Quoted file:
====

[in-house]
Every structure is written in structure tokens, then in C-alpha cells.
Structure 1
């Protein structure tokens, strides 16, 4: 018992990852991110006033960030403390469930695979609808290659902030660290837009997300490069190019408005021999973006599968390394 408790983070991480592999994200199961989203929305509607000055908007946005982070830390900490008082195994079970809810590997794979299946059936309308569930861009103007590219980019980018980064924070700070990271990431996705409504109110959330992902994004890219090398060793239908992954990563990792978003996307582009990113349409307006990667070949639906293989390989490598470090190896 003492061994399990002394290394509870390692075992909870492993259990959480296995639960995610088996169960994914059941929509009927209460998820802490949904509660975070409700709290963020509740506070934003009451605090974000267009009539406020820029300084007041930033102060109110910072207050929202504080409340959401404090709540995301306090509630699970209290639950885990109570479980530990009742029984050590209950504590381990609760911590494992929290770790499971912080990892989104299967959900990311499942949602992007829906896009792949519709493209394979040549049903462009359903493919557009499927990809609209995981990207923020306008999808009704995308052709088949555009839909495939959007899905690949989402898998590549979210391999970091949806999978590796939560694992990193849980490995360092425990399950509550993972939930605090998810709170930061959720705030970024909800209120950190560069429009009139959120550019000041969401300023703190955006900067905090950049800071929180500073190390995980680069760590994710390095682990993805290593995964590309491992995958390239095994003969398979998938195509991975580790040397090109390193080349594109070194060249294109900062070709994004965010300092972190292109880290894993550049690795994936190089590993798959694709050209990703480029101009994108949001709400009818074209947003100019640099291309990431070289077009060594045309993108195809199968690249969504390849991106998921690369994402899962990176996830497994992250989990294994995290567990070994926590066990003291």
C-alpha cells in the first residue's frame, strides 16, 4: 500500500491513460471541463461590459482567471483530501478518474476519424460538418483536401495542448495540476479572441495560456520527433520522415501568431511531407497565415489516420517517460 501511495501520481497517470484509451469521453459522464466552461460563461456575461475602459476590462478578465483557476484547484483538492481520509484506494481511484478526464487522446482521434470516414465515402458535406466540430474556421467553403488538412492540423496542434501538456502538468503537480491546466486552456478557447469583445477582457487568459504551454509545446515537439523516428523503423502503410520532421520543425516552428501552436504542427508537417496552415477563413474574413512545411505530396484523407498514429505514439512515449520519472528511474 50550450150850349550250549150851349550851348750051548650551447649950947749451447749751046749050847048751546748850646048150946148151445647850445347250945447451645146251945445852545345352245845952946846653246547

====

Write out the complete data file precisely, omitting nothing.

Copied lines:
[in-house]
Every structure is written in structure tokens, then in C-alpha cells.
Structure 1
């Protein structure tokens, strides 16, 4: 018992990852991110006033960030403390469930695979609808290659902030660290837009997300490069190019408005021999973006599968390394 408790983070991480592999994200199961989203929305509607000055908007946005982070830390900490008082195994079970809810590997794979299946059936309308569930861009103007590219980019980018980064924070700070990271990431996705409504109110959330992902994004890219090398060793239908992954990563990792978003996307582009990113349409307006990667070949639906293989390989490598470090190896 003492061994399990002394290394509870390692075992909870492993259990959480296995639960995610088996169960994914059941929509009927209460998820802490949904509660975070409700709290963020509740506070934003009451605090974000267009009539406020820029300084007041930033102060109110910072207050929202504080409340959401404090709540995301306090509630699970209290639950885990109570479980530990009742029984050590209950504590381990609760911590494992929290770790499971912080990892989104299967959900990311499942949602992007829906896009792949519709493209394979040549049903462009359903493919557009499927990809609209995981990207923020306008999808009704995308052709088949555009839909495939959007899905690949989402898998590549979210391999970091949806999978590796939560694992990193849980490995360092425990399950509550993972939930605090998810709170930061959720705030970024909800209120950190560069429009009139959120550019000041969401300023703190955006900067905090950049800071929180500073190390995980680069760590994710390095682990993805290593995964590309491992995958390239095994003969398979998938195509991975580790040397090109390193080349594109070194060249294109900062070709994004965010300092972190292109880290894993550049690795994936190089590993798959694709050209990703480029101009994108949001709400009818074209947003100019640099291309990431070289077009060594045309993108195809199968690249969504390849991106998921690369994402899962990176996830497994992250989990294994995290567990070994926590066990003291």
C-alpha cells in the first residue's frame, strides 16, 4: 500500500491513460471541463461590459482567471483530501478518474476519424460538418483536401495542448495540476479572441495560456520527433520522415501568431511531407497565415489516420517517460 501511495501520481497517470484509451469521453459522464466552461460563461456575461475602459476590462478578465483557476484547484483538492481520509484506494481511484478526464487522446482521434470516414465515402458535406466540430474556421467553403488538412492540423496542434501538456502538468503537480491546466486552456478557447469583445477582457487568459504551454509545446515537439523516428523503423502503410520532421520543425516552428501552436504542427508537417496552415477563413474574413512545411505530396484523407498514429505514439512515449520519472528511474 50550450150850349550250549150851349550851348750051548650551447649950947749451447749751046749050847048751546748850646048150946148151445647850445347250945447451645146251945445852545345352245845952946846653246547